Twitter blocks 'blasphemous' tweets in Pakistan

The company has complied with requests from a Pakistani "bureaucrat" to hide specific content, says the New York Times.

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One of several Twitter accounts now persona non grata in Pakistan. Twitter/screenshot by Lance Whitney/CNET

People in Pakistan can no longer see certain tweets after Twitter acquiesced to takedown requests from one official who damned them as "blasphemous" or "unethical."

Abdul Batin of the Pakistan Telecommunications Authority had asked the microblogging site to remove a series of tweets from view across his country, The New York Times reported on Thursday. The tweets in question offered crude drawings of the Prophet Muhammad, photos of burning Qurans, and messages from anti-Islam bloggers and an American porn star, according to the Times.

As detailed by the Chilling Effects Clearinghouse, a collaboration among law school clinics and the Electronic Frontier Foundation, the first request was dated May 5 and the most recent May 14. The five requests in total mark the first time that Twitter has agreed to take down content in Pakistan.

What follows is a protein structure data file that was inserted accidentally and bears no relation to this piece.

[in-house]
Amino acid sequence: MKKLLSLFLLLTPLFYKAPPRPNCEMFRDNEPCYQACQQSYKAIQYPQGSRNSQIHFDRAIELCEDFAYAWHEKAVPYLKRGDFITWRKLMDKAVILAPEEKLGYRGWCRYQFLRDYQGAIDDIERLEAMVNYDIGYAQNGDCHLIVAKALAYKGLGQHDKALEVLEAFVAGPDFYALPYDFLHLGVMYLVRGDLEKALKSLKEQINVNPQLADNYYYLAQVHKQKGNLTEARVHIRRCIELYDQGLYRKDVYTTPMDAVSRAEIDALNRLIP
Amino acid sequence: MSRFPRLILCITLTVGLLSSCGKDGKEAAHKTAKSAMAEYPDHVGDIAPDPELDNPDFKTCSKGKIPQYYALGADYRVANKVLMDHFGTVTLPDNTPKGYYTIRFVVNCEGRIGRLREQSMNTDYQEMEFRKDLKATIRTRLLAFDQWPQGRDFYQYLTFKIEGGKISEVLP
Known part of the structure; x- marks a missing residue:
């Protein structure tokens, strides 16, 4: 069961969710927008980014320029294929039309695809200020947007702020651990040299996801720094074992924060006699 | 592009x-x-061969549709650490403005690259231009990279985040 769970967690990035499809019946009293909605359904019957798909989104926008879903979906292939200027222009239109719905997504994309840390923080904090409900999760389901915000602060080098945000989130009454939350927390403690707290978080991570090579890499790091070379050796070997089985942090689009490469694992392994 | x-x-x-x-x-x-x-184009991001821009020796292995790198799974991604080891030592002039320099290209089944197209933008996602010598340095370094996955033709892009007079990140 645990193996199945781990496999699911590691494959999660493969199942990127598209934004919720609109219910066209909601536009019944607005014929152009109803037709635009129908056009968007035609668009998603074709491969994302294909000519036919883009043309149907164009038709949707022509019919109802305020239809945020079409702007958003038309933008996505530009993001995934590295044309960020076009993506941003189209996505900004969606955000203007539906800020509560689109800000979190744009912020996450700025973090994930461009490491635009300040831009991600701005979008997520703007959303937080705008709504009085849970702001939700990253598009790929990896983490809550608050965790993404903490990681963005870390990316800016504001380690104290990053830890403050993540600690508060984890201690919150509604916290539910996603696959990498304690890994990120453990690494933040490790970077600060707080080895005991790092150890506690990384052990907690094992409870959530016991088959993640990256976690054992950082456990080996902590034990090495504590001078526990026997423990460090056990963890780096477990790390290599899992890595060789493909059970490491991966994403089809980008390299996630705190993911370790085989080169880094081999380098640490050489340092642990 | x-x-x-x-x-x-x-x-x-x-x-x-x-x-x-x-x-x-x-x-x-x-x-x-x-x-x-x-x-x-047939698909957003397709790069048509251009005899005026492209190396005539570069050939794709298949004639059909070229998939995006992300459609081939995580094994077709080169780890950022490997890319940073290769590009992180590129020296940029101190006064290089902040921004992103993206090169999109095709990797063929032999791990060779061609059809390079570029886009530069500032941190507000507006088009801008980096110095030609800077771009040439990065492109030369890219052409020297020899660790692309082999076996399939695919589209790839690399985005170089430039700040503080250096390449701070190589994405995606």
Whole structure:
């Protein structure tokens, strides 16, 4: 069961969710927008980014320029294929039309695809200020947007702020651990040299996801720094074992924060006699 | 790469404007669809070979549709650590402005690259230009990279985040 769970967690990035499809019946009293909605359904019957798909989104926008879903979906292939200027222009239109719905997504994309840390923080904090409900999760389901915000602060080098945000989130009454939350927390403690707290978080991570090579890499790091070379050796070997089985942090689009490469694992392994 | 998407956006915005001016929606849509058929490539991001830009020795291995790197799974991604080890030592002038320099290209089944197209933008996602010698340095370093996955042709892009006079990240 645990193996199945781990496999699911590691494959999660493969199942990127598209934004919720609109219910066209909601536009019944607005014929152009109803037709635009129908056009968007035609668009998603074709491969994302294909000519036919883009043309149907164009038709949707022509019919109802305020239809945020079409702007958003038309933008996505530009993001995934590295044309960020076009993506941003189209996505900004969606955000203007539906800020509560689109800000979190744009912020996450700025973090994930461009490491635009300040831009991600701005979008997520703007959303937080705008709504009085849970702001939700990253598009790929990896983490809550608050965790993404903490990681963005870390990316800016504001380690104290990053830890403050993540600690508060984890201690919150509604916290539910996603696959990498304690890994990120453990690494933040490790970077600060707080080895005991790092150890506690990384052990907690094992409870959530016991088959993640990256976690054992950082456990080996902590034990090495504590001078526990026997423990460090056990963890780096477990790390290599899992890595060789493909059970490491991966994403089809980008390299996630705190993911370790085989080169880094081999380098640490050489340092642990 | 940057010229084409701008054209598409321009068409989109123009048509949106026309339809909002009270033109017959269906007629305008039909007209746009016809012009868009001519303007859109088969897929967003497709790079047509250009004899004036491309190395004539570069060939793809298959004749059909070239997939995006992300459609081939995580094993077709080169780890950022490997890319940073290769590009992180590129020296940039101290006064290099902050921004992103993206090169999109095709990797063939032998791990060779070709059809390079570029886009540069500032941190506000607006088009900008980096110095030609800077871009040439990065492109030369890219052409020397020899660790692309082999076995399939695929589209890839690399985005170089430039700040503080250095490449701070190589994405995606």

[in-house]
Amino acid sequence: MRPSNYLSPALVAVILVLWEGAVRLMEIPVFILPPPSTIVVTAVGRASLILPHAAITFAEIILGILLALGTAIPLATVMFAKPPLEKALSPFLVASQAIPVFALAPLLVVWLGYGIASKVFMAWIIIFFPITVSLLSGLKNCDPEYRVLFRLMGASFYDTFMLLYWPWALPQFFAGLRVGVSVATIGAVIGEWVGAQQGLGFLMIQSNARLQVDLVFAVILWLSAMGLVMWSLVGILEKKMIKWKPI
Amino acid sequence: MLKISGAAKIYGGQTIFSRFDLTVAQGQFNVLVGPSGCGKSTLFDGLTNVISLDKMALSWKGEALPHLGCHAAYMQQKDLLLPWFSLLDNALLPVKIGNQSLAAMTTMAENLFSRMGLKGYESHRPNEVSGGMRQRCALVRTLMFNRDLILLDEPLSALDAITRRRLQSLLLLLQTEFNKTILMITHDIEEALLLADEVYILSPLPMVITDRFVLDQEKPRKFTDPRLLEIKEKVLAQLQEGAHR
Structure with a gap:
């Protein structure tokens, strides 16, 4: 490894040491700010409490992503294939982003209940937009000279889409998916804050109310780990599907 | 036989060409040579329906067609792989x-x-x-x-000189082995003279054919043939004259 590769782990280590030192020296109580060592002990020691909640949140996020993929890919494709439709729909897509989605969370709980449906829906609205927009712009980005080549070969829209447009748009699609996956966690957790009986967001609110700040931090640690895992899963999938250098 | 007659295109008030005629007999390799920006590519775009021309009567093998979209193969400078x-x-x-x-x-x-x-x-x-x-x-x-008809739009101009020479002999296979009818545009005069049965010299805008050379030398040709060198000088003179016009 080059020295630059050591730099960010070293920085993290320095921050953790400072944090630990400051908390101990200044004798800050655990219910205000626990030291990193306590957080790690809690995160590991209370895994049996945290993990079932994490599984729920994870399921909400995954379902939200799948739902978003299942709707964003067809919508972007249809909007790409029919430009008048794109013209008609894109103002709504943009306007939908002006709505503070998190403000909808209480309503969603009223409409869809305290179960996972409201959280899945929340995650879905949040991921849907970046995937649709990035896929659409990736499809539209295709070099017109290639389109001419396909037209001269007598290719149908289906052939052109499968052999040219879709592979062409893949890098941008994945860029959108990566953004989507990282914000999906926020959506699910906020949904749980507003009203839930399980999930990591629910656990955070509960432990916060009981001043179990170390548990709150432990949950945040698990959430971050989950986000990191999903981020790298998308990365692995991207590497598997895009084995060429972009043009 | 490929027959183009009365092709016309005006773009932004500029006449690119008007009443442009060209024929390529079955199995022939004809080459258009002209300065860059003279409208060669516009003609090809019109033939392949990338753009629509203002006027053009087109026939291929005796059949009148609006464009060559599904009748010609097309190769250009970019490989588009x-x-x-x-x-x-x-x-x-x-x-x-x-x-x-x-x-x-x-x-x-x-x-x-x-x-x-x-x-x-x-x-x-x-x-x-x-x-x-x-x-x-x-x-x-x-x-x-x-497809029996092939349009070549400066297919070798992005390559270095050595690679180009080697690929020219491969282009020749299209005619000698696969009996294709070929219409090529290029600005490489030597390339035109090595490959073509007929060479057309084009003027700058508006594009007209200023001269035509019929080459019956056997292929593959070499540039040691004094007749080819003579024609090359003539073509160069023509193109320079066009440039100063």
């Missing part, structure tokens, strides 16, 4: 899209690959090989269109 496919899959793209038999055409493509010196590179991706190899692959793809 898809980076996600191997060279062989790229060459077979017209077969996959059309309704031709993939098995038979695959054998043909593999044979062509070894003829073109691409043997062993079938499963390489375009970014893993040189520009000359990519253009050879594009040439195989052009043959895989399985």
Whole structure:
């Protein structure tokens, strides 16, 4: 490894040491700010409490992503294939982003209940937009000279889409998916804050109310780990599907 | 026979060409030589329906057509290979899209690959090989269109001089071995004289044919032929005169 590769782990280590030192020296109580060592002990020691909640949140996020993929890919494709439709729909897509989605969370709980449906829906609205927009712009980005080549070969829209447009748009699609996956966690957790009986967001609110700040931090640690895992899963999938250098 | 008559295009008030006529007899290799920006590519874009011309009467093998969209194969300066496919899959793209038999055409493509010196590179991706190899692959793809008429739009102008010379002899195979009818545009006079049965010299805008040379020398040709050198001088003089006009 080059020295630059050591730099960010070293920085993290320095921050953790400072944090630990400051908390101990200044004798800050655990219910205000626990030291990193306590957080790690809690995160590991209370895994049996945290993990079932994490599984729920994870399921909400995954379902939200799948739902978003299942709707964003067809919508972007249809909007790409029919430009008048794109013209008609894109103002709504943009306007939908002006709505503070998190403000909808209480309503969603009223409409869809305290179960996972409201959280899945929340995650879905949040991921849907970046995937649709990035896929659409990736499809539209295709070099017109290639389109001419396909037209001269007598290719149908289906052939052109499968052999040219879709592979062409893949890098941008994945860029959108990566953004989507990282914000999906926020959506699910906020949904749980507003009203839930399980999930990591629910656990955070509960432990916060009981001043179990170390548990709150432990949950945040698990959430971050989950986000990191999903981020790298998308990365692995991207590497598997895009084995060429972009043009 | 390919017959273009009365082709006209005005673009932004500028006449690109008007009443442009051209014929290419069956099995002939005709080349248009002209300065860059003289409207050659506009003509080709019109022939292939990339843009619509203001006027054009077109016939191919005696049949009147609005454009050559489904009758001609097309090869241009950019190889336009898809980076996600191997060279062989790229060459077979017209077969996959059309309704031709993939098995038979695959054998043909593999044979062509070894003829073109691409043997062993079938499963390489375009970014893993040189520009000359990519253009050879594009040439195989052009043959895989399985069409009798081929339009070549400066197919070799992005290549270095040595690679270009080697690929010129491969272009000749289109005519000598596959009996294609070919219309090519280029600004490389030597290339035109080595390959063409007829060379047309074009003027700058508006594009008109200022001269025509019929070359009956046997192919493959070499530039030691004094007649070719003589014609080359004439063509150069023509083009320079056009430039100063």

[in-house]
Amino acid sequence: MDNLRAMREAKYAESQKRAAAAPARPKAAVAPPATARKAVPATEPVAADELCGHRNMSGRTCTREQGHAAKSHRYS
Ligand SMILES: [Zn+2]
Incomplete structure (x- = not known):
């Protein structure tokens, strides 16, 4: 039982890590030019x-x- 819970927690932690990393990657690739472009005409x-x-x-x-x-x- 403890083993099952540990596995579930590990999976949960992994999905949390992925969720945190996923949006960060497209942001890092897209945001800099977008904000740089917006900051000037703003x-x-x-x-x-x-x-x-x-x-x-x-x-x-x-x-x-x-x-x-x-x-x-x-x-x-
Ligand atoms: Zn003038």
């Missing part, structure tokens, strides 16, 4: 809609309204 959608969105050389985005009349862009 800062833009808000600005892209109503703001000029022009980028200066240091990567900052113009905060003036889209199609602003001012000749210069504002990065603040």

Twitter has maintained that blocking certain tweets in possible violation of local law is better than having its entire site taken down in specific countries, the Times said. The company has wrestled with the latter, most recently as Turkey banned the entire site over a few tweets.

But based on the source of the Pakistani takedown requests, Twitter's actions have triggered criticism on at least two fronts.

Pakistani advocacy group Bolo Bhi has questioned the right of the Pakistan Telecommunications Authority to request a block on Twitter content, arguring that such power is beyond its scope. The EFF echoed that criticism, saying that "it is even more alarming to see Twitter comply with Pakistani requests based on what Bolo Bhi describes as 'little in the way of due process.'"

Responding to a request for comment on the matter, a Twitter spokesperson pointed CNET to a page on the site's Help Center that explains the rules and policies for withholding content on a countrywide basis.

About the author

Journalist, software trainer, and Web developer Lance Whitney writes columns and reviews for CNET, Computer Shopper, Microsoft TechNet, and other technology sites. His first book, "Windows 8 Five Minutes at a Time," was published by Wiley & Sons in November 2012.

 

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